A program called Harvest for Health helps cancer survives increase strength and flexibility. Studies show it works – and has many additional positive benefits.
What if cancer survivors learned how to grow their own vegetables? Would growing vegetables lead to eating more vegetables and the health benefits this conferred? This was the question asked by Wendy Demark-Wahnefried, Ph.D., R.D, the associate director of cancer prevention at the University of Alabama. Dr. Wahnefried, who is also a registered dietitian, wanted to see whether cancer survivors would eat more vegetables if they could be taught to grow them. In cooperative with the local Master Gardeners program, Harvest for Health began. The program is funded by Women’s Breast Health Fund of the Community Foundation of Greater Birmingham.
Cancer patients were taught how to grow vegetables, and Master Gardeners helped them map out a plan to grow simple vegetables in raised beds or wheeled garden beds that would be easy to tend. Each month, the Master Gardeners visited the study participants, answering questions and teaching students more about growing vegetables. Tools, seeds, seedlings and raised bed kits were all provided by Harvest for Health.
The results astonished not just the program volunteers, but researchers who studied the effects later. Results of the study indicated that cancer survivors:
- Overall improvement in strength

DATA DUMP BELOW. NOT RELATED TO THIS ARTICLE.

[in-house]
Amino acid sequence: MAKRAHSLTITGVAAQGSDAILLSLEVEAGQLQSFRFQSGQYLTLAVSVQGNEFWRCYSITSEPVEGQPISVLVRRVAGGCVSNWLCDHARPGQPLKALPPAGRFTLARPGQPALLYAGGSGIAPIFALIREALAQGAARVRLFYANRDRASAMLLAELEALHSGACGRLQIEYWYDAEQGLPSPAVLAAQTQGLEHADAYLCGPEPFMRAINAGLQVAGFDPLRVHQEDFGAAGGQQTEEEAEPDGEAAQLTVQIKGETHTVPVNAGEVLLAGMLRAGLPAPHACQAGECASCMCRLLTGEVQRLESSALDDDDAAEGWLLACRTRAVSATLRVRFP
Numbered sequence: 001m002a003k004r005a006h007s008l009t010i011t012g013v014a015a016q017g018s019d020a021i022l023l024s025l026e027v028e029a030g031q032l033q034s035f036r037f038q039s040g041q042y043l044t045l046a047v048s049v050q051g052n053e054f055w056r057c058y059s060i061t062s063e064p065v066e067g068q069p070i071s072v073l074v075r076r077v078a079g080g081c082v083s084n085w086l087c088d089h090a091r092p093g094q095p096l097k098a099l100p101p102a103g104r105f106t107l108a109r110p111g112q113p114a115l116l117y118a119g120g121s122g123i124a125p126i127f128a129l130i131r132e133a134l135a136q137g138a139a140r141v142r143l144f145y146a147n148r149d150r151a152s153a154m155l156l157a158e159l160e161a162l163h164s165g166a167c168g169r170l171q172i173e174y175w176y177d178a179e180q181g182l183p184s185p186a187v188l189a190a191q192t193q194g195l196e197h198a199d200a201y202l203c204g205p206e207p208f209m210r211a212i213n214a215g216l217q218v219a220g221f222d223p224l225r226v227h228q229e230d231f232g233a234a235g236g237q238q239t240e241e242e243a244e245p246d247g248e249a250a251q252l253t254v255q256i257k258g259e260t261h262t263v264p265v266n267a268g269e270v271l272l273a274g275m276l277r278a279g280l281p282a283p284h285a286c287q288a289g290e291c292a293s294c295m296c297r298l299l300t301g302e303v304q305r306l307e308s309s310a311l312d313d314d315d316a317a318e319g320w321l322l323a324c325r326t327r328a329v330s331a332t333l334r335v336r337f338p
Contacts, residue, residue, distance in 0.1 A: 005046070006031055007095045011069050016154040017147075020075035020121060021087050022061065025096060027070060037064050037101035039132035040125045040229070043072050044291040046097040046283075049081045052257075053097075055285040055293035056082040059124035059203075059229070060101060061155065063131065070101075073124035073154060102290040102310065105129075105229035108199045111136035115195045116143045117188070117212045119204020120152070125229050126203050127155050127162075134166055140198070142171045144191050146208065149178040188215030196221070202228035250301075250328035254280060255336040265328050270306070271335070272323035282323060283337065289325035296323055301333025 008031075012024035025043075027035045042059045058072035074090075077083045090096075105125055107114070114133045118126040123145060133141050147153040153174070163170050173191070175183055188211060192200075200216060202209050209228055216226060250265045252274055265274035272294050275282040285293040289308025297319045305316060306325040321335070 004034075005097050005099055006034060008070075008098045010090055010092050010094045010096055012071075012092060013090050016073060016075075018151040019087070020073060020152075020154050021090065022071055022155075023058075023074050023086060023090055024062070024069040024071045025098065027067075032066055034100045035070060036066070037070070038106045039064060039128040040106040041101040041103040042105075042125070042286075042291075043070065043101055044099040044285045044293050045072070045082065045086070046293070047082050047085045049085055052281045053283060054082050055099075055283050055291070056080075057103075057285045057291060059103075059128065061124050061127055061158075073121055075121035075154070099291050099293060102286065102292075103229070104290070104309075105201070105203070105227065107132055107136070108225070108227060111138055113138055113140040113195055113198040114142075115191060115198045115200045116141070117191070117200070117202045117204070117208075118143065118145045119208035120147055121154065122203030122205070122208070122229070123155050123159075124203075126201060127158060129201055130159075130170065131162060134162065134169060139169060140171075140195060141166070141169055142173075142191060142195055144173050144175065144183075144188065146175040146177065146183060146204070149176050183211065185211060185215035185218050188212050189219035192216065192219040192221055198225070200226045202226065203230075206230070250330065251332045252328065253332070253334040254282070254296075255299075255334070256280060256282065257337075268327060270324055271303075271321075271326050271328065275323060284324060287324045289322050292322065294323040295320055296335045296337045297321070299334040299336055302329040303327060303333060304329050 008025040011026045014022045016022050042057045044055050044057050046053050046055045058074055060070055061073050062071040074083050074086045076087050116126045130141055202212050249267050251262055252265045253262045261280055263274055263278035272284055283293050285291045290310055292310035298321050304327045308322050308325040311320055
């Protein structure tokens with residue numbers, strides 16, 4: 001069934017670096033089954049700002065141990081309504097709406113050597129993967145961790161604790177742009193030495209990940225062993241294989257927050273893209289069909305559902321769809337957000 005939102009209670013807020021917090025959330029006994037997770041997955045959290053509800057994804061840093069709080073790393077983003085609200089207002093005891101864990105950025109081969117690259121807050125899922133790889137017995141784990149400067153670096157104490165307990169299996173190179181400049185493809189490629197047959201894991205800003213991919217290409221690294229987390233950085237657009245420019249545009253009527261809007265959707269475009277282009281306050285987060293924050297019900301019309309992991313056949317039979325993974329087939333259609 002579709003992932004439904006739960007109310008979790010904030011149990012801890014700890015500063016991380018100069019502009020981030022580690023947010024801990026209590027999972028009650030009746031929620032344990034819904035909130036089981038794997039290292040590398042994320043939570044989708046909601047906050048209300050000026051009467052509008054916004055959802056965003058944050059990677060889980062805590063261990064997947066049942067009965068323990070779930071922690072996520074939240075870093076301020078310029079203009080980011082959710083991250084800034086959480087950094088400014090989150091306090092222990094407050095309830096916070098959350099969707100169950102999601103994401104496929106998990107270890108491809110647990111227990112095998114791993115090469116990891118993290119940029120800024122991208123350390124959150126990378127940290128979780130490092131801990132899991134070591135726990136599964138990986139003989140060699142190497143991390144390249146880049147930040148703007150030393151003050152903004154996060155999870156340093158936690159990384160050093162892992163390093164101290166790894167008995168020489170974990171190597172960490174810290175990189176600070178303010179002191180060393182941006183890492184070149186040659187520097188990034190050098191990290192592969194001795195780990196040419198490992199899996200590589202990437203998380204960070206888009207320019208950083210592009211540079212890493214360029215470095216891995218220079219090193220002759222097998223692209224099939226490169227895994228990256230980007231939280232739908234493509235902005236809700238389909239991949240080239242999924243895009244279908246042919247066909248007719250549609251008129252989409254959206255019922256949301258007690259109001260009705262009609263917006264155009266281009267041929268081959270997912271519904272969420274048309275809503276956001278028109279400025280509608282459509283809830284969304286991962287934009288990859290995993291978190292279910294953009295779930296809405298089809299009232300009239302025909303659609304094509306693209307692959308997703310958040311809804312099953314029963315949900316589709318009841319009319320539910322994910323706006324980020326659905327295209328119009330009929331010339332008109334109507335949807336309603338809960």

- Increased agility
- Improved ability to get up and down
- Better overall outlook (mood improved)
The program yields positive benefits for almost everyone who participated. The U.S. National Medical Library published a summary of the study results on their website.
I always knew that gardening was good for my health. I’ve written at length about how I feel better and more cheerful after a session gardening. Studies like these just point out that gardening is good for you, body and soul.
For more information about Harvest for Health, visit the University of Alabama’s website.
Jeanne Grunert is a certified Virginia Master Gardener and the author of several gardening books. Her garden articles, photographs, and interviews have been featured in The Herb Companion, Virginia Gardener, and Cultivate, the magazine of the National Farm Bureau. She is the founder of The Christian Herbalists group and a popular local lecturer on culinary herbs and herbs for health, raised bed gardening, and horticulture therapy.